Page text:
Chaya Grossberg writes on the importance of community in seeking emancipation from psychiatry. Her essay was first published by Mad in America and can be viewed here.
There are common themes among the thousands of psychiatric survivors I’ve known, worked alongside and consulted with over the past 15 years. We all want to use the hard lessons we’ve learned from falling prey to psychiatry to help others.
Every single one of us has a dream to spare someone else the harm we went through ourselves.
The process of emancipating oneself from psychiatry teaches people a lot. There are almost universal lessons about the nature of reality, conformism, and living healthfully by one’s own rules.
This is why many psychiatric survivors feel an unspoken bond with one another. Anyone who’s been through med withdrawal knows it has a death and rebirth quality. There’s a sense of coming back to life with renewed vigor and optimism.
There’s also a resentment and anger that a system supposedly there to help and heal can often do exactly the opposite.
It’s been 15 years since I went through psychiatric drug withdrawal after being bedridden for two years while on a drug cocktail. I’ve gone through many phases, from being so acutely aware of what psychiatric meds do to the mind that I didn’t want to be in the same room with anyone on them, to speaking up immediately and without reservation in opposition to anyone who even mentioned a psychiatric diagnosis.
There were phases where I wanted to move on with my life and forget the whole thing. Along the way I’ve worked in childcare, sales, food demoing, modeling, theater, tea packing, and other things.
After six years of consulting with others coming off meds and almost 15 years leading support groups and trainings and speaking and writing publicly, what I feel most called to now is to share what I’ve learned with those who have come off psych meds more recently.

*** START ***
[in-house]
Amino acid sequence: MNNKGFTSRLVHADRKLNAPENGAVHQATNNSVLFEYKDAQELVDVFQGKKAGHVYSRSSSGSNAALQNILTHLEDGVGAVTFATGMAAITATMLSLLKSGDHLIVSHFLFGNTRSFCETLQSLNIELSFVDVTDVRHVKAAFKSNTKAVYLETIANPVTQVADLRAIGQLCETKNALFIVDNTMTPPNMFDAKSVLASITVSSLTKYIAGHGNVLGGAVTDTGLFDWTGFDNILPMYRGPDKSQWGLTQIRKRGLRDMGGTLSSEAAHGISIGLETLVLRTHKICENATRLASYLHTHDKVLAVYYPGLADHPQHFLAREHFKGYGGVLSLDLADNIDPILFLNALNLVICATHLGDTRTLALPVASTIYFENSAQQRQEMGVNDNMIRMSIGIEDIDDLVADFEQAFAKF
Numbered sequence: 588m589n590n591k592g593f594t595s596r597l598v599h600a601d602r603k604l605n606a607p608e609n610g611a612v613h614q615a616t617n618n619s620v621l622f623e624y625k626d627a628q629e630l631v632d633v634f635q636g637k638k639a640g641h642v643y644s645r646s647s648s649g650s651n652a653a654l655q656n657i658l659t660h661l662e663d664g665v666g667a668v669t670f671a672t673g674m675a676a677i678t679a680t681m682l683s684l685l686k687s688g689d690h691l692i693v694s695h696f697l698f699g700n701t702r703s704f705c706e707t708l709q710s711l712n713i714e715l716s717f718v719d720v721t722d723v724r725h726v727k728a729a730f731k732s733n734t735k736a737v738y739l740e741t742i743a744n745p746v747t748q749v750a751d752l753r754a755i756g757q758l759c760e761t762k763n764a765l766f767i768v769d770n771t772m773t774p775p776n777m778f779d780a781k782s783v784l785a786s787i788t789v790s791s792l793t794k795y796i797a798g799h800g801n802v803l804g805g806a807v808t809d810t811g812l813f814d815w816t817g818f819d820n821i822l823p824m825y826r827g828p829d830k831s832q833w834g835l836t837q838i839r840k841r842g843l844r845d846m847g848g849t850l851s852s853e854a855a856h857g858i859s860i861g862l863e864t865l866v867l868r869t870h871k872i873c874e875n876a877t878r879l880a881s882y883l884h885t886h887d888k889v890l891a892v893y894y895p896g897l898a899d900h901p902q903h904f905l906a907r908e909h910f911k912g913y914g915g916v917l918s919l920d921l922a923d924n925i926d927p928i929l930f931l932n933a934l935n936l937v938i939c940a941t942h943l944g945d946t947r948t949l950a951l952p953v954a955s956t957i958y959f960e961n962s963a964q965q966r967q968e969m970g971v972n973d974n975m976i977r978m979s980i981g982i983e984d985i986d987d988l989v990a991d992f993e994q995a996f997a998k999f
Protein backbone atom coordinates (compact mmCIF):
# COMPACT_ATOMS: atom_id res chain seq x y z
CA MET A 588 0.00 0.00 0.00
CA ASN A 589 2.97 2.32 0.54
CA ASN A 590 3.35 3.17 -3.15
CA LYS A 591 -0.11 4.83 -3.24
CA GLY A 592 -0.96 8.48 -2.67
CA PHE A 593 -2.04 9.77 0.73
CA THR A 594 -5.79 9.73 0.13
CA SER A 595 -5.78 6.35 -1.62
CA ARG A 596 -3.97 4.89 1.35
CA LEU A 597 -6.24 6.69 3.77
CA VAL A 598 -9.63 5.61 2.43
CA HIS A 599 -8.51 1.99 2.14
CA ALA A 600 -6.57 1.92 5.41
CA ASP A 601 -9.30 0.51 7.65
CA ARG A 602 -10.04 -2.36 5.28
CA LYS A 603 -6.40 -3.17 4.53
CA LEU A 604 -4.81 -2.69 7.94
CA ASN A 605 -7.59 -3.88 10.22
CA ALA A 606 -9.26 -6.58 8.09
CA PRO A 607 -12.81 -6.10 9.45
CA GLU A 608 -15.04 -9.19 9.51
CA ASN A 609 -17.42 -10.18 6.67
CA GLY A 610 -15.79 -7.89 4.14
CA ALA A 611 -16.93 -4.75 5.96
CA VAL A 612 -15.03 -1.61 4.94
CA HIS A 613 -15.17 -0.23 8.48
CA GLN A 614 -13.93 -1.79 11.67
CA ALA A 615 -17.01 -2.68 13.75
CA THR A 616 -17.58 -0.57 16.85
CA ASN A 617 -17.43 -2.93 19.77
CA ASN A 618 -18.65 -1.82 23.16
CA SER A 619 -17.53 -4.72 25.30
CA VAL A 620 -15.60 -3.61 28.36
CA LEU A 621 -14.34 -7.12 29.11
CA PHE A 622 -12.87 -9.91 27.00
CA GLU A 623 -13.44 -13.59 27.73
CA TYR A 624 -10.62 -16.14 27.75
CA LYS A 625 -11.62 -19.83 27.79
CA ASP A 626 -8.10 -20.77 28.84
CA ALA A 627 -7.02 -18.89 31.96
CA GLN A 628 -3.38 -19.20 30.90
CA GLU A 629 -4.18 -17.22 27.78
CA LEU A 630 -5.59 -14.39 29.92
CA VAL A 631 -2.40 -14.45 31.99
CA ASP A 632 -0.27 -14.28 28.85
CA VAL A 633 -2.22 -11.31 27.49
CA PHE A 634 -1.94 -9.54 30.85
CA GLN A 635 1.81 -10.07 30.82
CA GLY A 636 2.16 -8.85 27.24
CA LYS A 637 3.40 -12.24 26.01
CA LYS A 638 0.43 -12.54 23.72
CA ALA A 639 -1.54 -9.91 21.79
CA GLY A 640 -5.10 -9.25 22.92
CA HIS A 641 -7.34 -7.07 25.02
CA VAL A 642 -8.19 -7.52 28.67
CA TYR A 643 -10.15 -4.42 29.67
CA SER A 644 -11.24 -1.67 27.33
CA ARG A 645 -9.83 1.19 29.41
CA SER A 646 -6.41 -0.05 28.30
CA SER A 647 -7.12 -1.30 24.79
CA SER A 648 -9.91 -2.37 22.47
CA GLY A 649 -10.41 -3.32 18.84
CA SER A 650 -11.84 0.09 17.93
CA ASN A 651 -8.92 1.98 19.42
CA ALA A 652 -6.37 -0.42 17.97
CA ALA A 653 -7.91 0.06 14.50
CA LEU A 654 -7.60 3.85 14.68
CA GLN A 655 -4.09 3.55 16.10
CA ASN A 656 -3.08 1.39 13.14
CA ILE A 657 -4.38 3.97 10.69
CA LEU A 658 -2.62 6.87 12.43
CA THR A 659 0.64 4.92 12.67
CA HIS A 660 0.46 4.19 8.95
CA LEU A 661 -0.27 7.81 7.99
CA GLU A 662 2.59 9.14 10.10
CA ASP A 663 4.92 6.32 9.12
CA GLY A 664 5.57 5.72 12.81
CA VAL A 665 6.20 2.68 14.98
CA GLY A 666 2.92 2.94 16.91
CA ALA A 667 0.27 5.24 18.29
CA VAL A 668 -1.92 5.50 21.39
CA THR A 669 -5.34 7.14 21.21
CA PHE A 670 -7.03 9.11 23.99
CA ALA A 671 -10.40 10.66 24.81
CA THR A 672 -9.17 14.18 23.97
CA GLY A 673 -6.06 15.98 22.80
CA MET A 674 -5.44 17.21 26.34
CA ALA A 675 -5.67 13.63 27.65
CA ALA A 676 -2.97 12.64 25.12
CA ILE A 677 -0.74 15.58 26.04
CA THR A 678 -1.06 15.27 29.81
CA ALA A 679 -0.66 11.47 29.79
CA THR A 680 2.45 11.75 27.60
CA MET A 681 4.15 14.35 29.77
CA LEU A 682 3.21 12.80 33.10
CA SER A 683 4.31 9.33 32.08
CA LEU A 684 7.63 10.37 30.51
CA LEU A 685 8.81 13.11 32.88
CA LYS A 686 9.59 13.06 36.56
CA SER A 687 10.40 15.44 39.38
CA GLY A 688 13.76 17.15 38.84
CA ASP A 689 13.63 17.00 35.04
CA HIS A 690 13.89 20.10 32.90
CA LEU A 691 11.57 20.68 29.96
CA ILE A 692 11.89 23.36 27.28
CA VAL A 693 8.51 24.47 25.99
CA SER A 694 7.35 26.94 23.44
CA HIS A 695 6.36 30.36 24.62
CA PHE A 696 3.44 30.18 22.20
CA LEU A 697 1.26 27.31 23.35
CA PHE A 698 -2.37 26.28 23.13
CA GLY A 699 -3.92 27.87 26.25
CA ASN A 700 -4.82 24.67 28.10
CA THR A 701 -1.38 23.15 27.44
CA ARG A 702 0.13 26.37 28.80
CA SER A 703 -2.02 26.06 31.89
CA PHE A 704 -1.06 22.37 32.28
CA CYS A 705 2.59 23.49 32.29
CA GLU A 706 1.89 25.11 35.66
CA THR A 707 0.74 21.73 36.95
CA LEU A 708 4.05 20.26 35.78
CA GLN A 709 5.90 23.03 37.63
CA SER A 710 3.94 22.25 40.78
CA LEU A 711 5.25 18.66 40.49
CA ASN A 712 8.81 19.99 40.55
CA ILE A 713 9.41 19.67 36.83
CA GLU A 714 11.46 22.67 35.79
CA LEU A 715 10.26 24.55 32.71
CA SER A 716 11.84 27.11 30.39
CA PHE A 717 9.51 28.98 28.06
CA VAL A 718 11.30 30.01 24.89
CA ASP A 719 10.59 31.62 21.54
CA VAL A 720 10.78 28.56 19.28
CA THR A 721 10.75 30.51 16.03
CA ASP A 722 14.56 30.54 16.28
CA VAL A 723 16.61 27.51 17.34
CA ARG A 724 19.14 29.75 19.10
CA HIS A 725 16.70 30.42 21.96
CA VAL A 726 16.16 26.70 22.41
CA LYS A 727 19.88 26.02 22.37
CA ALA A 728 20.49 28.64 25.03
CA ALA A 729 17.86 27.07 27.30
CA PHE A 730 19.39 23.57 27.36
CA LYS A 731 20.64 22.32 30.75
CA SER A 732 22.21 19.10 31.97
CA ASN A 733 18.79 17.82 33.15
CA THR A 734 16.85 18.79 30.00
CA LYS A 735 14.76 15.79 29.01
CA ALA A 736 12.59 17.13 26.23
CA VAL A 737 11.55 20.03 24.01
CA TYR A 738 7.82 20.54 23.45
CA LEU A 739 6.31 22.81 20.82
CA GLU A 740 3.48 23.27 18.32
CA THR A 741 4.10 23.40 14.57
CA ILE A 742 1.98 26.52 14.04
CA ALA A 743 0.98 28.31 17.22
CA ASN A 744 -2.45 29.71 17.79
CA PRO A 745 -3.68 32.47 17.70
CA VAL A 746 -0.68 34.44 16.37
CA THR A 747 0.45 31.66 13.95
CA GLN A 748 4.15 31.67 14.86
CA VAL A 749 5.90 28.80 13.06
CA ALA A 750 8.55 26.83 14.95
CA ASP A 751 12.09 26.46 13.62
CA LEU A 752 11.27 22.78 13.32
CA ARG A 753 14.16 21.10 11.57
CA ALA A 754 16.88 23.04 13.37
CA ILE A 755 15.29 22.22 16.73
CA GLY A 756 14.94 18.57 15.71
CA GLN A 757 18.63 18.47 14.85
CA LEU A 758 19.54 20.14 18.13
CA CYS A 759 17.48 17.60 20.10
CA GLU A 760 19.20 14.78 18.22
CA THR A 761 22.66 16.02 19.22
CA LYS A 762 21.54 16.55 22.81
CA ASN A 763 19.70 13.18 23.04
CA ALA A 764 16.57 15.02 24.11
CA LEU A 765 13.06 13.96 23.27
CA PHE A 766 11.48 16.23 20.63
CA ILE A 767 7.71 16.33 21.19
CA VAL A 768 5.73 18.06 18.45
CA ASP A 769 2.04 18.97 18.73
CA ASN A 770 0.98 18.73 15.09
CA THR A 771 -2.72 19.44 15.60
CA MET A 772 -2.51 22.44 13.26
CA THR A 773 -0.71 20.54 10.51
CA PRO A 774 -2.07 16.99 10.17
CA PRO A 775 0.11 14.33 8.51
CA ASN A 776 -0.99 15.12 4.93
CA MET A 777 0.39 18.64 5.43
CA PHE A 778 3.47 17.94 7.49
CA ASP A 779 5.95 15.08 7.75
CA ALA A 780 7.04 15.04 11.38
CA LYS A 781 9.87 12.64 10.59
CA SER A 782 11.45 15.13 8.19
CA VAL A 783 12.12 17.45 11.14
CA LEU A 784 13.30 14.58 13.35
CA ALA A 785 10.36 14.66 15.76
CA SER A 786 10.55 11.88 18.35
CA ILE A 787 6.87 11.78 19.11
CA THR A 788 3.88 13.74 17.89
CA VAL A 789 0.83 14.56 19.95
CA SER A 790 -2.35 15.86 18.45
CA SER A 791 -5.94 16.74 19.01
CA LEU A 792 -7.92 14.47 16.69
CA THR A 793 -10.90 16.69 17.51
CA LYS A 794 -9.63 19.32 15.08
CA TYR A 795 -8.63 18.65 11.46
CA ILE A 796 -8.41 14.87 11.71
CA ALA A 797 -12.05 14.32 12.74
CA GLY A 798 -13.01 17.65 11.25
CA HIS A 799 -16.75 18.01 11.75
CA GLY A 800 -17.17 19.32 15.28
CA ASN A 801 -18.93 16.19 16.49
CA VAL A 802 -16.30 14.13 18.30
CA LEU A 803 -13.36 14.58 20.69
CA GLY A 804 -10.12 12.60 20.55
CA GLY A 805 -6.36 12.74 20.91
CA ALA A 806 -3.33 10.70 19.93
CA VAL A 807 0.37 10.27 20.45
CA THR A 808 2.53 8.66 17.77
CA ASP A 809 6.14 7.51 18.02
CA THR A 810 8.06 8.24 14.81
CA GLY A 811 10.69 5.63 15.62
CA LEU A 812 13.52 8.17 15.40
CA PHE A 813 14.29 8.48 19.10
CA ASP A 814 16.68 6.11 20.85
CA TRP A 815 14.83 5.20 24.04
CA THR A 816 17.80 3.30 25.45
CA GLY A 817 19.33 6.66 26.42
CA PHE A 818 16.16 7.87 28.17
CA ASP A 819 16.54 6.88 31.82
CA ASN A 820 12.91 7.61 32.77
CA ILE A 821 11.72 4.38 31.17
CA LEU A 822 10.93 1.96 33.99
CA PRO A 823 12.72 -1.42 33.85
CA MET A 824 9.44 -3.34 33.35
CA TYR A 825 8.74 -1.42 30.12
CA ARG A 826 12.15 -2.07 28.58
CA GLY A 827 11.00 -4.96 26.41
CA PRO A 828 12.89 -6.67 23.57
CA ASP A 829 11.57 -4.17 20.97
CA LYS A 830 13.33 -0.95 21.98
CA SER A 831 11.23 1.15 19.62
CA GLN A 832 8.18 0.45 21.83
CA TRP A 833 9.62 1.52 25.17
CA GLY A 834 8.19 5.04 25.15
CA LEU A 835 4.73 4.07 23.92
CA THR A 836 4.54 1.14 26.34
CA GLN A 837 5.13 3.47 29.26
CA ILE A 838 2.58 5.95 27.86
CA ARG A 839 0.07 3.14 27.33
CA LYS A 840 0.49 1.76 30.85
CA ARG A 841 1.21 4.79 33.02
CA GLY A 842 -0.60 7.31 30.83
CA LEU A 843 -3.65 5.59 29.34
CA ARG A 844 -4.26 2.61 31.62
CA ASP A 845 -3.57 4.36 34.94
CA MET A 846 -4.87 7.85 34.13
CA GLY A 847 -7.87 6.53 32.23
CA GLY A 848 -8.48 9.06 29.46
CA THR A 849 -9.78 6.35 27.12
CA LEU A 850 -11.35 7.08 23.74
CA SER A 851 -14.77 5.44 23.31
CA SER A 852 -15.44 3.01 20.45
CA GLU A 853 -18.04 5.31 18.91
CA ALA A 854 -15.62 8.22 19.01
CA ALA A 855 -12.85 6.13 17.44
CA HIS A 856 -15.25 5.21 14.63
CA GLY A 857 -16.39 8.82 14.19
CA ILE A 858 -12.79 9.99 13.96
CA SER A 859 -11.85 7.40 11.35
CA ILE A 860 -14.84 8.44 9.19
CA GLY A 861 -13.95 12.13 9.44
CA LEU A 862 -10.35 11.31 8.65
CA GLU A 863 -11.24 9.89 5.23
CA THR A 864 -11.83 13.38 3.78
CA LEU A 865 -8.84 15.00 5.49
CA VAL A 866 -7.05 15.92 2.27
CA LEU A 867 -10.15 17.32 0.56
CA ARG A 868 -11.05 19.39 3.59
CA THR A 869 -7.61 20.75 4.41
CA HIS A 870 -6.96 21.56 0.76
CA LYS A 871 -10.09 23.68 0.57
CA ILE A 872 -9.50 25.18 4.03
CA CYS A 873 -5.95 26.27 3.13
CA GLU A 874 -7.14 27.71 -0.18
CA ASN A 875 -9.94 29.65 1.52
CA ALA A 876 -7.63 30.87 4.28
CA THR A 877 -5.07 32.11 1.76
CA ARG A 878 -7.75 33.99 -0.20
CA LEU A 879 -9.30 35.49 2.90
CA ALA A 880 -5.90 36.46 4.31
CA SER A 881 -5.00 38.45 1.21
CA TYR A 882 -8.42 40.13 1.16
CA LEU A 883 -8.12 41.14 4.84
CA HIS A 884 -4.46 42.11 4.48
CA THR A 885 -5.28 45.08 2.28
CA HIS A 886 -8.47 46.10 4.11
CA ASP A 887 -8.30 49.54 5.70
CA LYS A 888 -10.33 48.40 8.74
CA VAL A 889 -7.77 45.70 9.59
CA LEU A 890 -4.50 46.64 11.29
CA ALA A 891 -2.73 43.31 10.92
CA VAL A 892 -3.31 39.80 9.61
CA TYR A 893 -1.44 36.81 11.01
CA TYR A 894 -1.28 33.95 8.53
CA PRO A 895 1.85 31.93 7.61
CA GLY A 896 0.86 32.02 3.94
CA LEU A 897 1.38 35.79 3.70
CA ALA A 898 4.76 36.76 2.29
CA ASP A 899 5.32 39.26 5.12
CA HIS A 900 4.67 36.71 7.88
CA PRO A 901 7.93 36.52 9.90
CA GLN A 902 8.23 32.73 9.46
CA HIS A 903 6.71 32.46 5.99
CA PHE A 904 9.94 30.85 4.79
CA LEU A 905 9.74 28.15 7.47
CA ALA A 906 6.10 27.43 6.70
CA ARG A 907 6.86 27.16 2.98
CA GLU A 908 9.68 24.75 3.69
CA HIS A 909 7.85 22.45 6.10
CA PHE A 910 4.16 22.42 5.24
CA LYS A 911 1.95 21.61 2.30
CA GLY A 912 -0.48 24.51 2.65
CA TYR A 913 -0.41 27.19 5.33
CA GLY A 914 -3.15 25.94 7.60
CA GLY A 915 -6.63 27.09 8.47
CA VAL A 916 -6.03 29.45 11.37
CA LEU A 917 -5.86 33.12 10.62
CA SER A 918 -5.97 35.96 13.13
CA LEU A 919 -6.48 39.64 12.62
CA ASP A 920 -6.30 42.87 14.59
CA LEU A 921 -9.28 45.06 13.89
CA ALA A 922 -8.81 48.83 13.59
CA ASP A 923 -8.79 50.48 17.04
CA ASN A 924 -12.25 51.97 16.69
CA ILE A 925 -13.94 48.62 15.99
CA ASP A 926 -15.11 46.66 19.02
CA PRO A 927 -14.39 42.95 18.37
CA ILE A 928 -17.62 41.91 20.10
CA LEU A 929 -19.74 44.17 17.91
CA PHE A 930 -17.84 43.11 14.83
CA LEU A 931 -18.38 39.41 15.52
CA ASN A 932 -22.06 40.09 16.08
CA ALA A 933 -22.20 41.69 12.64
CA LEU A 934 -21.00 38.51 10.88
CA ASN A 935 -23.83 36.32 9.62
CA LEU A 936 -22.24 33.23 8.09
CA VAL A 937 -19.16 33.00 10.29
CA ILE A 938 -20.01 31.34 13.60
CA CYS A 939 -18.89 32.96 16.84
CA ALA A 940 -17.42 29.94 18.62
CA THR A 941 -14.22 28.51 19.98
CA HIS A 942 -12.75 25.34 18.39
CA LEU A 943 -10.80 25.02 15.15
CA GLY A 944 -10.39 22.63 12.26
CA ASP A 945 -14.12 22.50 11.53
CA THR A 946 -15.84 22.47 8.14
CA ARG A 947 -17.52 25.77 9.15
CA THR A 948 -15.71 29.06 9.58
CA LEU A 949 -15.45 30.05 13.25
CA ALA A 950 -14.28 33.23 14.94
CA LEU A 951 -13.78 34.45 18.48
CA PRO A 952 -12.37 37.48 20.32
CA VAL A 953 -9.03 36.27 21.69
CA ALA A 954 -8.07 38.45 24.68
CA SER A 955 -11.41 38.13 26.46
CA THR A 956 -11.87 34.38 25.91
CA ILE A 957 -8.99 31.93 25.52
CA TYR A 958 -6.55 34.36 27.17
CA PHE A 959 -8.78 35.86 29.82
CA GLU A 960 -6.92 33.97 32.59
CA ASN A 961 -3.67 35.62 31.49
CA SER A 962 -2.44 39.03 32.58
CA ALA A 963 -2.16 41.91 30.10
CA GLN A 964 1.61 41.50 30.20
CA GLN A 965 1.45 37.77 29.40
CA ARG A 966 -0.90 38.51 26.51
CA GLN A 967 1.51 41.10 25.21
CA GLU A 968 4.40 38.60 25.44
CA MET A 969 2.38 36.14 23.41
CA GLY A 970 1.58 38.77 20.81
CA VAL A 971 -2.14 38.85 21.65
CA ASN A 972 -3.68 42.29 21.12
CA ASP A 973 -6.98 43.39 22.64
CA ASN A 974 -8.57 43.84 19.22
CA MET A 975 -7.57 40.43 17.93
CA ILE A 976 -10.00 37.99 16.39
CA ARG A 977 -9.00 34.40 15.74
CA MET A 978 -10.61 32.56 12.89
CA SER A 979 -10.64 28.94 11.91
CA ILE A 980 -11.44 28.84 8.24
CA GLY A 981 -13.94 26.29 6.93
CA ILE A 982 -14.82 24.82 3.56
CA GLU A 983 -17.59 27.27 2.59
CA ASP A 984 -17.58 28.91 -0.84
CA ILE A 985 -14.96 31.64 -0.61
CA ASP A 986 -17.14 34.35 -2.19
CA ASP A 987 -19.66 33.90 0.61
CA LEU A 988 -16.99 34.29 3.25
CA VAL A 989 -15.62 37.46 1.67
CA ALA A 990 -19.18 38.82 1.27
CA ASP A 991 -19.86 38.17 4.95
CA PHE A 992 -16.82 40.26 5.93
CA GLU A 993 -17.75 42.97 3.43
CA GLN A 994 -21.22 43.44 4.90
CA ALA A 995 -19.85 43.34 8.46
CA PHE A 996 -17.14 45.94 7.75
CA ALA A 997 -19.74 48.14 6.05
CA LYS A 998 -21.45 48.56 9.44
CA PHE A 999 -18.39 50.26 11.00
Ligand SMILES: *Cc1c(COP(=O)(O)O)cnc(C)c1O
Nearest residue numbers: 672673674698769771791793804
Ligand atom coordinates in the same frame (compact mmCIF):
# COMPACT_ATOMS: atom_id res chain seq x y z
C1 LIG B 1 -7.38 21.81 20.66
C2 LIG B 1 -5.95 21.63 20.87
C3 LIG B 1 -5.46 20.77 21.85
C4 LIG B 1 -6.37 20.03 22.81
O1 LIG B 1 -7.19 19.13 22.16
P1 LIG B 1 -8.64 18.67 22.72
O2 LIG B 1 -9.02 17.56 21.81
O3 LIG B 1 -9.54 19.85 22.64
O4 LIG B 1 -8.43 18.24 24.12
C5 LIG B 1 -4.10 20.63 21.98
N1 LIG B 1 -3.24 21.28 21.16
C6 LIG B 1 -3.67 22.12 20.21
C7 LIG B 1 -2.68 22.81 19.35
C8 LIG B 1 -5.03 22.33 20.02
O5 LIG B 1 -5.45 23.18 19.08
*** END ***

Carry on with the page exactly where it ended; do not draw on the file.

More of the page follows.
The psychiatric survivor movement, as incohesive as it might have become, has deep roots (and history) in learning from and liberating one another.
People who’ve been around the movement for a long time have deep wisdom, and those who are newer have fire, passion and rage. Sometimes we all have all of it, of course. Yet, over the years, my fire and passion for talking about psychiatry has dampened.
In fact, I’ll be totally honest: I’m sick of it. When you’ve had the same conversations over and over and heard the same stories again and again with a few changed details, you want to move on to something different (or at least bring new life to it).
I still care as much as ever about helping people become liberated from psychiatric harm. Yet the process of talking to people about the same exact topics in the same way gets tedious. I once blurted out that I was “bored of it” on a speaker’s panel about someone who had been force-drugged and killed by police. I immediately wished I hadn’t spoken my mind, but I couldn’t unsay those words, and I knew regardless of how shameful anyone might say they were, they were my truth.